Widening the net of assisted suicide to vulnerable peopleBMJ 2014; 349 doi: https://doi.org/10.1136/bmj.g4967 (Published 05 August 2014) Cite this as: BMJ 2014;349:g4967
- Sameer Mallick, Medical Research Council clinical research training fellow in otolaryngology1
Although the idea of performing assisted death without the person’s consent may seem absurd, this has occasionally occurred in Belgium and the Netherlands.1 2 Furthermore, Belgium has recently passed a law legalising euthanasia for terminally ill children without any age limit.3 This is precisely the slippery slope that those against assisted suicide worry about. Although The BMJ’s editors naively play this down in their support for the Assisted Dying Bill,4 the experience of our European neighbours suggests that widening the net of assisted suicide to vulnerable people at some point in the future already has a precedent.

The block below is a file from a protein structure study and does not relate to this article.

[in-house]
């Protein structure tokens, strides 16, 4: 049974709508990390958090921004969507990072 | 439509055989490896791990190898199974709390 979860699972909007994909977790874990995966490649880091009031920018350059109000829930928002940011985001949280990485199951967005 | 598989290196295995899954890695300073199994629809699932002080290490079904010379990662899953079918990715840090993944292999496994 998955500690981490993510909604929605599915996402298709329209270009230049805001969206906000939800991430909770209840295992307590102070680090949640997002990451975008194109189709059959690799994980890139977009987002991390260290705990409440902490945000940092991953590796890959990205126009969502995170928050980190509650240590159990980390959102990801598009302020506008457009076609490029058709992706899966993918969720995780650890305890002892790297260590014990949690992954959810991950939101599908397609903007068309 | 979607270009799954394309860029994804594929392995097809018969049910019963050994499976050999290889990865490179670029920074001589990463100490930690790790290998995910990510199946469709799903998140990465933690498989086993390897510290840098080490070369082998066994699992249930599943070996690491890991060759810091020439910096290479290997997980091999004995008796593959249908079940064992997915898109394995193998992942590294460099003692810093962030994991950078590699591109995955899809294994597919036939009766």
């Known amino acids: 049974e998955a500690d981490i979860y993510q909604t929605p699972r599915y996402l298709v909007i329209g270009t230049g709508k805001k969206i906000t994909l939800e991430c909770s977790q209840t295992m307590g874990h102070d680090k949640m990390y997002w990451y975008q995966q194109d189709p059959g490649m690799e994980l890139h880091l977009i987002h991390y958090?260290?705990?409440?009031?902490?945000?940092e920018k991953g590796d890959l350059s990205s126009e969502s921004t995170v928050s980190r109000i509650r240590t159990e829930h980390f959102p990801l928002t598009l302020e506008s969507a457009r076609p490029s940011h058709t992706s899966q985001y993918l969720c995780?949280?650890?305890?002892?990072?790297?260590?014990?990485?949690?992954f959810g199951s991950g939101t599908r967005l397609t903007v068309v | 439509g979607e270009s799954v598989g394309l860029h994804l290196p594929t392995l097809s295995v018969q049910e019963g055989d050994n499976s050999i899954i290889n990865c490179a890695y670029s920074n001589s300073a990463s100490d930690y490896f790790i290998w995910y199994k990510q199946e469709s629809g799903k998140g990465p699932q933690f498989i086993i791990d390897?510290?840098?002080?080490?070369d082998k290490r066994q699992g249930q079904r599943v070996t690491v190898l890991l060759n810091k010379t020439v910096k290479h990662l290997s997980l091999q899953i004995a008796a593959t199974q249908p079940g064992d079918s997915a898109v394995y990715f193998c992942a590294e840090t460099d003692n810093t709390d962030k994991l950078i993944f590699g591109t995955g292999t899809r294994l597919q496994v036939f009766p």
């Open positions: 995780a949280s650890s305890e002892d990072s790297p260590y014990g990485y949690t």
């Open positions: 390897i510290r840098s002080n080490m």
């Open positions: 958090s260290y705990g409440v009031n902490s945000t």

Furthermore, there are many examples of a statute being introduced for a particular purpose, only for it to be manipulated and misused in later years. Take the Terrorism Act 2000, which was also introduced by Lord Falconer. When David Miranda was detained in Britain under Schedule 7 of the act, Falconer himself stated: “I am very clear that this does not apply, either on its terms or in its spirit, to Mr Miranda.”5 Whereas this misapplication of anti-terror legislation resulted in a brief inconvenience to an individual, the misapplication of the assisted suicide bill would have far more serious consequences—the unnecessary loss of human life.
Cite this as: BMJ 2014;349:g4967
Competing interests: I have co-authored a report entitled Legalising Assisted Suicide: An Analysis, which was prepared for the think tank Averroes.
Full response at: www.bmj.com/content/349/bmj.g4349/rr/760255.
Log in using your username and password
Log in through your institution
Sign up for a free trial